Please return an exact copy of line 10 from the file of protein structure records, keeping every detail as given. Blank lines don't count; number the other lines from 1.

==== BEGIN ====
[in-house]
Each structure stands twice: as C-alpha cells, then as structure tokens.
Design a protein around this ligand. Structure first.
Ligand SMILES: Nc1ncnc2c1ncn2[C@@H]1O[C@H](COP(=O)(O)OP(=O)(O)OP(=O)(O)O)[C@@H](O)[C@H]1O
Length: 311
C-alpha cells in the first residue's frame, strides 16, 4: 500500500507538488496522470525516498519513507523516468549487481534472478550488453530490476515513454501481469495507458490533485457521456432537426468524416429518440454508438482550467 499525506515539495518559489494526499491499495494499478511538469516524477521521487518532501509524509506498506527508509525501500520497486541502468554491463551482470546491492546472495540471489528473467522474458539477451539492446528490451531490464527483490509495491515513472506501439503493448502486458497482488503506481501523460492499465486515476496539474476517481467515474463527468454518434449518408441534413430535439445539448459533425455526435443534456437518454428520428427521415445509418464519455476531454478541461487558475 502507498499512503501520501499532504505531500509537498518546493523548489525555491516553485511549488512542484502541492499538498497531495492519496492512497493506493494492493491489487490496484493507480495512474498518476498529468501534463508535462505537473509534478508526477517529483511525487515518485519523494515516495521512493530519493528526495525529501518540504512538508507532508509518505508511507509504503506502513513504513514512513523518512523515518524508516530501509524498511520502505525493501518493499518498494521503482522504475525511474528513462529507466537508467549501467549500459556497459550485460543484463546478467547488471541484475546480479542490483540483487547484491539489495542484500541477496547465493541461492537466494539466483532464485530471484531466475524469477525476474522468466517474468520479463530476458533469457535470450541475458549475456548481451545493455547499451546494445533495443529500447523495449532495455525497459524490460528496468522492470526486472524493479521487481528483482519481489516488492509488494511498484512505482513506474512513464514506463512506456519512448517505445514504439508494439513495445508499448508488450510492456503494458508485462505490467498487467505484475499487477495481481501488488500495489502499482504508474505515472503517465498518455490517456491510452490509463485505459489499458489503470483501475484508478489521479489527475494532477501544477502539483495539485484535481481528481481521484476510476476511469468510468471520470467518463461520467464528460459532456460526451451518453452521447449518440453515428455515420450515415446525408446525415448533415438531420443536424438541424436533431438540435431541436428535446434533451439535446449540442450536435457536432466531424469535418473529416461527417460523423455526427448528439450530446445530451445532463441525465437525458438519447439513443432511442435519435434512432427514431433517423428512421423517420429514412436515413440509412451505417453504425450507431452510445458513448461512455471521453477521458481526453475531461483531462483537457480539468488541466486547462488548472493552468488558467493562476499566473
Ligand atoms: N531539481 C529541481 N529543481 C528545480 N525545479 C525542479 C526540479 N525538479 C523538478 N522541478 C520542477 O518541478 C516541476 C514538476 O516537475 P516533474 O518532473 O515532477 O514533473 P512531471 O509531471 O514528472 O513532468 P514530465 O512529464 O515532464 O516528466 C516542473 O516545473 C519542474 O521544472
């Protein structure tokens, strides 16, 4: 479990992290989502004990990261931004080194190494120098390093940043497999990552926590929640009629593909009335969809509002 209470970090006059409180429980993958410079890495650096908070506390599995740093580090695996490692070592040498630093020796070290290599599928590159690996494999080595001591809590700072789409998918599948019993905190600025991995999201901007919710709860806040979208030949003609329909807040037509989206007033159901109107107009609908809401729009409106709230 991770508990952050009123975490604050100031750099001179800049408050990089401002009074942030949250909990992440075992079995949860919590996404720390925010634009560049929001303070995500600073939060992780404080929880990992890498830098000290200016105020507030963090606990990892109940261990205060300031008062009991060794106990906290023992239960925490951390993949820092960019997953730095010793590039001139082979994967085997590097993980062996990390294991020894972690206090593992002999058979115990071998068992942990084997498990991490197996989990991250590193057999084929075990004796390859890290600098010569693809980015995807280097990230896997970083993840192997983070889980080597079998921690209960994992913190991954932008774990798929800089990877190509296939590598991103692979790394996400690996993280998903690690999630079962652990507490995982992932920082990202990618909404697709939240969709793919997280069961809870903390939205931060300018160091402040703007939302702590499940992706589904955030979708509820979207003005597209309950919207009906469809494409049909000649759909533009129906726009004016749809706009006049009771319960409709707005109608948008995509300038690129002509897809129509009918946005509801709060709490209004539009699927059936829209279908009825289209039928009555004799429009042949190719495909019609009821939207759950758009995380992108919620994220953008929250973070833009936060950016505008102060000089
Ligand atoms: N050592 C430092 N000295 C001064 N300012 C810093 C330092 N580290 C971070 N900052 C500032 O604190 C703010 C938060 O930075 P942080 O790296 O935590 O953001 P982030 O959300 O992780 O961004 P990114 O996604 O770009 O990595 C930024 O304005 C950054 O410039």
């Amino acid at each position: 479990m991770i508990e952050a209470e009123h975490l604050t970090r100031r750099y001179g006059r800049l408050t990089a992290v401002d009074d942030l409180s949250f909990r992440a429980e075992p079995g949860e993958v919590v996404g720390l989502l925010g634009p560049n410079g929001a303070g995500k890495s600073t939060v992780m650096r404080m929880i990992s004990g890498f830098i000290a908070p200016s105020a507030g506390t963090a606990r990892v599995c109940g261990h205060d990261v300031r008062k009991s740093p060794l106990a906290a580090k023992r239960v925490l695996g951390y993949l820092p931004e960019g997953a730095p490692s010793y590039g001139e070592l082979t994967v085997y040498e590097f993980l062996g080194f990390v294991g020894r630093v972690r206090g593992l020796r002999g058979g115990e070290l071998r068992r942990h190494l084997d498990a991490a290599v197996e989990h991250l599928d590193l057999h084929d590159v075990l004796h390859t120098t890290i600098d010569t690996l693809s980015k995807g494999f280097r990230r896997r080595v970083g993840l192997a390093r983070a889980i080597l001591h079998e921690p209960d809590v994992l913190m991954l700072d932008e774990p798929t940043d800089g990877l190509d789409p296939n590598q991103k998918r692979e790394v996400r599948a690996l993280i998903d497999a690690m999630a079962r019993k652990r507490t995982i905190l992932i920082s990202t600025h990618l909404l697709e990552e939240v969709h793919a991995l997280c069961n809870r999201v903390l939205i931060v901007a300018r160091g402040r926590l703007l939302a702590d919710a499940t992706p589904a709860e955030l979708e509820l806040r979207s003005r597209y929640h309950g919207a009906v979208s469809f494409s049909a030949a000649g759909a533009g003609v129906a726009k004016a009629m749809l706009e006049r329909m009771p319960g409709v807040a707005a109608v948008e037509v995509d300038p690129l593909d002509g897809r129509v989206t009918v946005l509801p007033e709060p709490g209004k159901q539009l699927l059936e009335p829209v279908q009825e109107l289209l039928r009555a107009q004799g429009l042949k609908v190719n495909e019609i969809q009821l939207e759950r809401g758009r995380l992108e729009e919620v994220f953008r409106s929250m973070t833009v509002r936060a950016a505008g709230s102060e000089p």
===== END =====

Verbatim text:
């Amino acid at each position: 479990m991770i508990e952050a209470e009123h975490l604050t970090r100031r750099y001179g006059r800049l408050t990089a992290v401002d009074d942030l409180s949250f909990r992440a429980e075992p079995g949860e993958v919590v996404g720390l989502l925010g634009p560049n410079g929001a303070g995500k890495s600073t939060v992780m650096r404080m929880i990992s004990g890498f830098i000290a908070p200016s105020a507030g506390t963090a606990r990892v599995c109940g261990h205060d990261v300031r008062k009991s740093p060794l106990a906290a580090k023992r239960v925490l695996g951390y993949l820092p931004e960019g997953a730095p490692s010793y590039g001139e070592l082979t994967v085997y040498e590097f993980l062996g080194f990390v294991g020894r630093v972690r206090g593992l020796r002999g058979g115990e070290l071998r068992r942990h190494l084997d498990a991490a290599v197996e989990h991250l599928d590193l057999h084929d590159v075990l004796h390859t120098t890290i600098d010569t690996l693809s980015k995807g494999f280097r990230r896997r080595v970083g993840l192997a390093r983070a889980i080597l001591h079998e921690p209960d809590v994992l913190m991954l700072d932008e774990p798929t940043d800089g990877l190509d789409p296939n590598q991103k998918r692979e790394v996400r599948a690996l993280i998903d497999a690690m999630a079962r019993k652990r507490t995982i905190l992932i920082s990202t600025h990618l909404l697709e990552e939240v969709h793919a991995l997280c069961n809870r999201v903390l939205i931060v901007a300018r160091g402040r926590l703007l939302a702590d919710a499940t992706p589904a709860e955030l979708e509820l806040r979207s003005r597209y929640h309950g919207a009906v979208s469809f494409s049909a030949a000649g759909a533009g003609v129906a726009k004016a009629m749809l706009e006049r329909m009771p319960g409709v807040a707005a109608v948008e037509v995509d300038p690129l593909d002509g897809r129509v989206t009918v946005l509801p007033e709060p709490g209004k159901q539009l699927l059936e009335p829209v279908q009825e109107l289209l039928r009555a107009q004799g429009l042949k609908v190719n495909e019609i969809q009821l939207e759950r809401g758009r995380l992108e729009e919620v994220f953008r409106s929250m973070t833009v509002r936060a950016a505008g709230s102060e000089p």